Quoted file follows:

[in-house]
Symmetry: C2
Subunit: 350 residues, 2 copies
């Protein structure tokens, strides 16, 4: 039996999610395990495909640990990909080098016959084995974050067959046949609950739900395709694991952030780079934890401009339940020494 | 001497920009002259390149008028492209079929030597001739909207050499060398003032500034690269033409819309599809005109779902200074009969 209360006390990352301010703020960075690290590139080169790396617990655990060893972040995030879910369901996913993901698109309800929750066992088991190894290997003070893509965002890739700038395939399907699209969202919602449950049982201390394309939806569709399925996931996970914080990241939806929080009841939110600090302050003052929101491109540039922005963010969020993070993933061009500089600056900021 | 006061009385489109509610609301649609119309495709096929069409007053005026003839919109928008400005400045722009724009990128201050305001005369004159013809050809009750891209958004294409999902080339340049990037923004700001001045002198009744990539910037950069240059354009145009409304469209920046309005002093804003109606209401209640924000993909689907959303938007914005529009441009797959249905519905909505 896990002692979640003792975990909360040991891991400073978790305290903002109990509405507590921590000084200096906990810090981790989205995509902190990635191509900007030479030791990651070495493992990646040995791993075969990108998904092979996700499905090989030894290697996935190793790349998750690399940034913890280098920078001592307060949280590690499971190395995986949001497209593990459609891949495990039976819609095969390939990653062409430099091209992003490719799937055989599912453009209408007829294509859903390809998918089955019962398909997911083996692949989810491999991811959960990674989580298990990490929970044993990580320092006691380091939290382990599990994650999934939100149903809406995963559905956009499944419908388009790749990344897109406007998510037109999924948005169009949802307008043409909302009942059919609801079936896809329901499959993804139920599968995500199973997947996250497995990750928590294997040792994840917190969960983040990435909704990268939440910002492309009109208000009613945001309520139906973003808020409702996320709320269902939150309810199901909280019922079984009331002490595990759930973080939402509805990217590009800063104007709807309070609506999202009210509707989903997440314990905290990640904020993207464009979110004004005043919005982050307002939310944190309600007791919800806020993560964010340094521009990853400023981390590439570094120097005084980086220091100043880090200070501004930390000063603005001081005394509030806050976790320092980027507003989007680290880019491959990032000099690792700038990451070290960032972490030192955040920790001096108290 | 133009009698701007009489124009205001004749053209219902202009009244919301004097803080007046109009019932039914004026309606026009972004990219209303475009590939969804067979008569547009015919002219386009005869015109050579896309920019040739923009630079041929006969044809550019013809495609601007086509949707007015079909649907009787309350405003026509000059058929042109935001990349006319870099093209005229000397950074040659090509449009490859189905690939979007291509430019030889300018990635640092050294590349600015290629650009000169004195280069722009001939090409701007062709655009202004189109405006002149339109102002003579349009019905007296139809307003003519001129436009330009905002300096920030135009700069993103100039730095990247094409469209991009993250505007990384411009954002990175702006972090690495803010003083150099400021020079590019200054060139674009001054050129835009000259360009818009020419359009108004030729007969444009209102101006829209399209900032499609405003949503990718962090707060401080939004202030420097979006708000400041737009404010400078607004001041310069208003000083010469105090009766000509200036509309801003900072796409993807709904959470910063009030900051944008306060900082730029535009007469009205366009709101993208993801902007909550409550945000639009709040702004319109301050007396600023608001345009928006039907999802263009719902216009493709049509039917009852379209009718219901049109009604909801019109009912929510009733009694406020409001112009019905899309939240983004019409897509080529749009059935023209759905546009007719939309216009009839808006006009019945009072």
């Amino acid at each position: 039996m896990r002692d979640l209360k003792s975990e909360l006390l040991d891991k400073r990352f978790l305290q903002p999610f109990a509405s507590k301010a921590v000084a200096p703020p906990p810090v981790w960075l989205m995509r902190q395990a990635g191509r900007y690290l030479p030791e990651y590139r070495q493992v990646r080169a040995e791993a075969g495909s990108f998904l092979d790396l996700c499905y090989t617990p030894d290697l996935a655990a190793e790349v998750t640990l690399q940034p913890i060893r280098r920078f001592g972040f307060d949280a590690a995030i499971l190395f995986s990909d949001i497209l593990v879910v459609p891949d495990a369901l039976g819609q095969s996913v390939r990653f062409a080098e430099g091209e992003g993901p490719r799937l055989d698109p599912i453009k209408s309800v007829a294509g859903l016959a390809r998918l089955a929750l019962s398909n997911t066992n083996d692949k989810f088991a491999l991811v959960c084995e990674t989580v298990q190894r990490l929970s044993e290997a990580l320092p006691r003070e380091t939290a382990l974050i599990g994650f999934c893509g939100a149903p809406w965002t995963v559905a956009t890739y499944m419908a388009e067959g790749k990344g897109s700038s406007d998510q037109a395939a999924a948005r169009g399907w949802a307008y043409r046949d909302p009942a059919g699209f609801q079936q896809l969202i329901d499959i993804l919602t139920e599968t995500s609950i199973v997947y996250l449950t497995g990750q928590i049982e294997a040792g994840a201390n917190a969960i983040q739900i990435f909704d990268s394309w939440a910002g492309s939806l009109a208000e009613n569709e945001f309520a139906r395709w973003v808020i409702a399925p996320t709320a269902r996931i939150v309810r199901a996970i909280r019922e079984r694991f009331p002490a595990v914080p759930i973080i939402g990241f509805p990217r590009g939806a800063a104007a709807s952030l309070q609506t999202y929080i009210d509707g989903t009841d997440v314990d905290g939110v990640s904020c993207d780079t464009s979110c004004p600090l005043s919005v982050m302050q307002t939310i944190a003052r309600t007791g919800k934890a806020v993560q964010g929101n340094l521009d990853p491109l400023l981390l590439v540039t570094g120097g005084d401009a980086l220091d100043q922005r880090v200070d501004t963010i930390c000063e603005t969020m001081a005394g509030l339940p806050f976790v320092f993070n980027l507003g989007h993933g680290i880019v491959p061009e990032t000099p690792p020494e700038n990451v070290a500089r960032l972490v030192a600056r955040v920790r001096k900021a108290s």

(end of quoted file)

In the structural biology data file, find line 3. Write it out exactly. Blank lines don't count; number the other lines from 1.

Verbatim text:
Subunit: 350 residues, 2 copies